Clifton Green joined Goizueta Business School in 1999 after completing his PhD at NYU where he taught 1998-1999. His research interests include investments and market microstructure, with an emphasis on behavioral finance. Clifton's research has been featured in the Wall Street Journal, Barrons, Financial Times, and on CNBC television.

At Goizueta, Clifton serves as the Finance PhD Coordinator and teaches the core Corporate Finance class in the BBA program and Behavioral Finance in the PhD program. He has also taught Security Analysis and Portfolio Management in the MBA program.


  • PhD
    New York University
  • MA
    University of Virginia
  • BS
    Texas A&M University

In the News

  • May 16, 2016
    Managers of concentrated funds have outperformed the main holdings in larger traditional funds because the stocks they bet on have outperformed those key holdings more the more broadly diversified fund group.
  • July 20, 2015
    “Exotic beta is alpha,” the trio of researchers said when hedge fund allocators view capital deployment. Confusing the two, particularly in investments where measures of beta are hard to come by or often privately deployed, can be particularly challenging. “Although we find strong evidence of persistence for alpha, persistence in hedge fund returns attributable to traditional and exotic risk exposures is modest, which suggests investors would benefit from employing more sophisticated risk models when evaluating fund performance,” Vikas Agarwal and T. Clifton Green from Georgia State University and Honglin Ren from Emory University conclude...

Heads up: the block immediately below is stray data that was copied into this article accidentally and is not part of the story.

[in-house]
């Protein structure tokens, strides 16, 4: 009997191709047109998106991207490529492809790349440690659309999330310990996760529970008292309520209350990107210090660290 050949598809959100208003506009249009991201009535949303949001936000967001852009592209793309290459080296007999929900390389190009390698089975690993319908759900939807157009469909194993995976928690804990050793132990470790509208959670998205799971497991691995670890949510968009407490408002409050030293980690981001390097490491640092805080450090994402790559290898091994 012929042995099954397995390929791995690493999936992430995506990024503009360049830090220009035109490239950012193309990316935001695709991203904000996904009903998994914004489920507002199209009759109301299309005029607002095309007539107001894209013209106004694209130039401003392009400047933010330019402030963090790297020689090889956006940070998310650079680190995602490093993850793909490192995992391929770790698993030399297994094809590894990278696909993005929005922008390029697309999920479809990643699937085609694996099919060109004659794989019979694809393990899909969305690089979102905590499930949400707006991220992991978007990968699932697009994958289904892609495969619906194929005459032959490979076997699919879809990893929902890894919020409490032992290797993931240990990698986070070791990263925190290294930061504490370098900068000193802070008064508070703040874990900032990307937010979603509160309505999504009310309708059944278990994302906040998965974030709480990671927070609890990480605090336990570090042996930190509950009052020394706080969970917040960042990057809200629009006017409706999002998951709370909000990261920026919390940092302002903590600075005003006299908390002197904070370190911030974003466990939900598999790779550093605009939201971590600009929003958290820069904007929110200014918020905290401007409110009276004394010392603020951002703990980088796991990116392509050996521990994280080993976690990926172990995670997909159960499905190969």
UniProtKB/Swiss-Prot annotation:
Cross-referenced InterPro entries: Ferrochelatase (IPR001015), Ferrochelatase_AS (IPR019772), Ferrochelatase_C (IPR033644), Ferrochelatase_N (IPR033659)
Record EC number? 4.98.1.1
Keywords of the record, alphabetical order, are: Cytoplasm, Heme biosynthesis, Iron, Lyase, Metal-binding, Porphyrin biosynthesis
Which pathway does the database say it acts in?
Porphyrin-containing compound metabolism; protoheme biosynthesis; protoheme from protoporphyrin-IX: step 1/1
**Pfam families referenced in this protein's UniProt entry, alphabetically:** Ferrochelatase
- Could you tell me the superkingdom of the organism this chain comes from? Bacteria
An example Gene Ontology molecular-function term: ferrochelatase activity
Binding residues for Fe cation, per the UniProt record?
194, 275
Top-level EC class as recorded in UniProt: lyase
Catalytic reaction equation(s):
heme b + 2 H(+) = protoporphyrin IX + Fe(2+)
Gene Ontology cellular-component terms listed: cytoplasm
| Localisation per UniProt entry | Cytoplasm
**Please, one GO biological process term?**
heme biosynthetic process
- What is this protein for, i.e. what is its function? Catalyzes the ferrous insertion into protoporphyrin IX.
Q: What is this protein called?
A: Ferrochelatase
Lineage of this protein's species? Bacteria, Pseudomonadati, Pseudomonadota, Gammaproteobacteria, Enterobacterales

• March 30, 2015
    Bloomberg Business
    “They’re not able to make a lot of money from exploiting slow investors following macroeconomic news,” Clifton Green, an associate professor of finance at Emory and one of three authors of the paper, said in a phone interview. “Concerns that they’re exploiting slow investors may be overstated.”...
  • June 12, 2014
    One such study, conducted in 2006 by Jeffrey A Busse, T Clifton Green and Klass Baks at the Emory University concluded that “…focused (ie concentrated) managers outperform their more broadly diversified counterparts by approximately 30 basis points per month, or roughly 4 per cent annualised”...
  • July 15, 2012
    The New York Times
    A 2004 study, titled “The Value of Client Access to Analyst Recommendations” and written by T. Clifton Green, a professor at Emory University’s business school, confirmed the profit potential. Responding rapidly to announcements of changes in stock recommendations gave brokerage firm clients average two-day returns of 1.02 percent and annualized gains of more than 30 percent, the study found...